Phases of Planets

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Like the Moon, planets can also have phases. This demonstrates the view of Mercury, Venus, and Earth when viewed from any of these three planets. Planets in inferior orbits undergo complete phase changes like the Moon when viewed from a planet with a superior orbit. Planets in superior orbits only go though minor changes in phase when viewed from a planet with an inferior orbit.

Contributed by: Jeff Bryant (March 2011)
Open content licensed under CC BY-NC-SA


Snapshots


Details

In our solar system, Mercury and Venus are inferior planets: their orbits are entirely inside the Earth's orbit. When seen from the Earth, inferior planets go through phases, like the Moon's.

An inferior planet on the same side of the sun as the Earth appears dark and is not easy to see. Near the opposite side of the sun, we see the planet nearly in full illumination, and in between, we see crescents of various sizes.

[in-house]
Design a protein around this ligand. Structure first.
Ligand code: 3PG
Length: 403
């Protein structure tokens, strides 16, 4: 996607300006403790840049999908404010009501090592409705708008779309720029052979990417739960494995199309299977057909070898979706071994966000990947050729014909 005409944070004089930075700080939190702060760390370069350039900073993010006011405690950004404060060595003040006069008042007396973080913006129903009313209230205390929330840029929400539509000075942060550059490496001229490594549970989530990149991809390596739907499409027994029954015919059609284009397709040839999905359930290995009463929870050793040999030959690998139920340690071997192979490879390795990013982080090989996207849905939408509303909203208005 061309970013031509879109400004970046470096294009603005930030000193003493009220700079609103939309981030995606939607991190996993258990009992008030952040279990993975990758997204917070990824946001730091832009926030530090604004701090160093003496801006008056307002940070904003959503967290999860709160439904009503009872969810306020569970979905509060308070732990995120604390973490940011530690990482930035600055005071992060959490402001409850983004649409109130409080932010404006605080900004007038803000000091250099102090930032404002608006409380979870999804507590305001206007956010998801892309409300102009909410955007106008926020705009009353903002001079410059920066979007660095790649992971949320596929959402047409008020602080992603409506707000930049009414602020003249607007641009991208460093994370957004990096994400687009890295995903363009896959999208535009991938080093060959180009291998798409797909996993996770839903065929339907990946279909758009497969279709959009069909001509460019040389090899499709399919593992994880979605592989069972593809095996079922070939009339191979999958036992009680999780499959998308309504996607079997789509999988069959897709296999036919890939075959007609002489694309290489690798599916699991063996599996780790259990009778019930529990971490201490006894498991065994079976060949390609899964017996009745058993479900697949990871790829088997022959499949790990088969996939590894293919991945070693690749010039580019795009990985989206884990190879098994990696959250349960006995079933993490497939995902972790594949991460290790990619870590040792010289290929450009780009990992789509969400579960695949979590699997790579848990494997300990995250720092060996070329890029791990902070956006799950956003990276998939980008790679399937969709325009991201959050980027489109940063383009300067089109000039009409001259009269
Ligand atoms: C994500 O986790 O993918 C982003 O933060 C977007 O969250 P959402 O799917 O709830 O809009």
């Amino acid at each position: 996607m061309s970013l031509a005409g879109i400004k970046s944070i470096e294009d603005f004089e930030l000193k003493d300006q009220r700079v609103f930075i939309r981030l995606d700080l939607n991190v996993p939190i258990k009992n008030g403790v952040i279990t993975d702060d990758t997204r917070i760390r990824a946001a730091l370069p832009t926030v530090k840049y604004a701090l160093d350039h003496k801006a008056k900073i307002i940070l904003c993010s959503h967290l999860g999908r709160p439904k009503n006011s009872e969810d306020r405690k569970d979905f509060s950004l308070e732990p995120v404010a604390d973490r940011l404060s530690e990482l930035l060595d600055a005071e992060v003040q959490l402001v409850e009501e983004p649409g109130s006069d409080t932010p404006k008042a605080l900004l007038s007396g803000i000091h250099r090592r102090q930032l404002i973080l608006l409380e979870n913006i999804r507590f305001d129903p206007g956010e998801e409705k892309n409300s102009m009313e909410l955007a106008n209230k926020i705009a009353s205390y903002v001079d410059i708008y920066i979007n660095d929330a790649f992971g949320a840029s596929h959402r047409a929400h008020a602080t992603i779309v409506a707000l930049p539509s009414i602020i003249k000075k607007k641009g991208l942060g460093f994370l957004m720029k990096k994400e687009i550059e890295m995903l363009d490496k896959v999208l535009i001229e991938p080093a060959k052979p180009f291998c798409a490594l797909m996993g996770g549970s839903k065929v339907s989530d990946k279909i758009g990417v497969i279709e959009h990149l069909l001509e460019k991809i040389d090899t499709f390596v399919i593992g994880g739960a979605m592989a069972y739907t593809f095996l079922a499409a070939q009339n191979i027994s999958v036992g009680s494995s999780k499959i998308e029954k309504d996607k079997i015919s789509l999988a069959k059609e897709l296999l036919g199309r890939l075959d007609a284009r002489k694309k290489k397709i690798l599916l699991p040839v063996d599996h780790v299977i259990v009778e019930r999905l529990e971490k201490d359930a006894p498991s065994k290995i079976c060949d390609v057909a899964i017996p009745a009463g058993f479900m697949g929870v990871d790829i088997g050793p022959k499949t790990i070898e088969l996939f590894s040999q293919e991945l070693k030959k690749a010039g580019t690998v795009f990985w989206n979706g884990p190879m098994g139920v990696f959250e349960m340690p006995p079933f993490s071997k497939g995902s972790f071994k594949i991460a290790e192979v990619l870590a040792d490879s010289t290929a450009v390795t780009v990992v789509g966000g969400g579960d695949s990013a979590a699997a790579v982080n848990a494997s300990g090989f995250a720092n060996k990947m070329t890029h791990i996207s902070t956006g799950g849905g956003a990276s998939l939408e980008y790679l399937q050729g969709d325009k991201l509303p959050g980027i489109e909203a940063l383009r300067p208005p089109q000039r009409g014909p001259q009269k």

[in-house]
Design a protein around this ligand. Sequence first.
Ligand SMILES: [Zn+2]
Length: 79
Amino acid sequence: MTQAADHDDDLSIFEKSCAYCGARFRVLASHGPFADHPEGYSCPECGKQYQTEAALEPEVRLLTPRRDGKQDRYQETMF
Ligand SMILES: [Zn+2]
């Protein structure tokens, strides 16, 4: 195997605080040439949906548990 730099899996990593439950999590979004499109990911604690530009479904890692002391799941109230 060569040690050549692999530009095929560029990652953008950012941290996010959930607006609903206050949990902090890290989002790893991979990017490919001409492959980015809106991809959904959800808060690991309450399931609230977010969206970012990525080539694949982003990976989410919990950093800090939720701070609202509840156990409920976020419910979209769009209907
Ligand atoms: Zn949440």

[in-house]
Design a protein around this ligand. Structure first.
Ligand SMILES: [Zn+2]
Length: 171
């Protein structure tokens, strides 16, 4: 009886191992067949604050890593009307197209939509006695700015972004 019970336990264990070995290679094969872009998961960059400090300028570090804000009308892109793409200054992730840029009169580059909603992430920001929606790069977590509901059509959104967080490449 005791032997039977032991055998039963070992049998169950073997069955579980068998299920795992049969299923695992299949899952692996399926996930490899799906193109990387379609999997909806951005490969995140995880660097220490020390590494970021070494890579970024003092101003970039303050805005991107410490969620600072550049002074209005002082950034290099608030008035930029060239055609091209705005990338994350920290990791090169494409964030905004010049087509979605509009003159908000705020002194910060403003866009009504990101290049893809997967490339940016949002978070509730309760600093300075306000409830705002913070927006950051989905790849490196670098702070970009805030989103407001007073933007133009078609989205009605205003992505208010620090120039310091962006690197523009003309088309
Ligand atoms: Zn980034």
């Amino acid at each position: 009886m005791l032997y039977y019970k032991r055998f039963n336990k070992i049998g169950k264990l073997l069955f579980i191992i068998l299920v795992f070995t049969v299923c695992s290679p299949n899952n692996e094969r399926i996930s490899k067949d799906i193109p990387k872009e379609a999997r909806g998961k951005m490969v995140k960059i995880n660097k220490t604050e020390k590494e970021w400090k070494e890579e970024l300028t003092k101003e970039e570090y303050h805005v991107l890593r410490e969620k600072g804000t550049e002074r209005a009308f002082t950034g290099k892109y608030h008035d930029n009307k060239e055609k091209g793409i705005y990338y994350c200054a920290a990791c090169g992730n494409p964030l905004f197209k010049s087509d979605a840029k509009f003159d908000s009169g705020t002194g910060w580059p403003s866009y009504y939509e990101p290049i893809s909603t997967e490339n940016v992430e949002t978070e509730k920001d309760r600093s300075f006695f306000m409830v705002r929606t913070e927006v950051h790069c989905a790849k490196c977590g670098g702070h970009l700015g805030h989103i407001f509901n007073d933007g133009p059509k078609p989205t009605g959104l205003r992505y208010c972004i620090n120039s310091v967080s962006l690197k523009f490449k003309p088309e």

Snapshot 1: Mercury and Venus are both in a crescent phase.

Snapshot 2: Mercury and Venus are both in a first-quarter phase.

Snapshot 3: Venus (left) is in a crescent phase and Mercury (right) is in a last-quarter phase.

Snapshot 4: Venus is in a full phase and Mercury is in a first-quarter phase.

Snapshot 5: Viewed from Mercury, neither the Earth or Venus can be viewed as a crescent since they are both in superior orbits.

Snapshot 6: Viewed from Venus, only Mercury can be seen as a crescent. Earth shows only minor phase changes.



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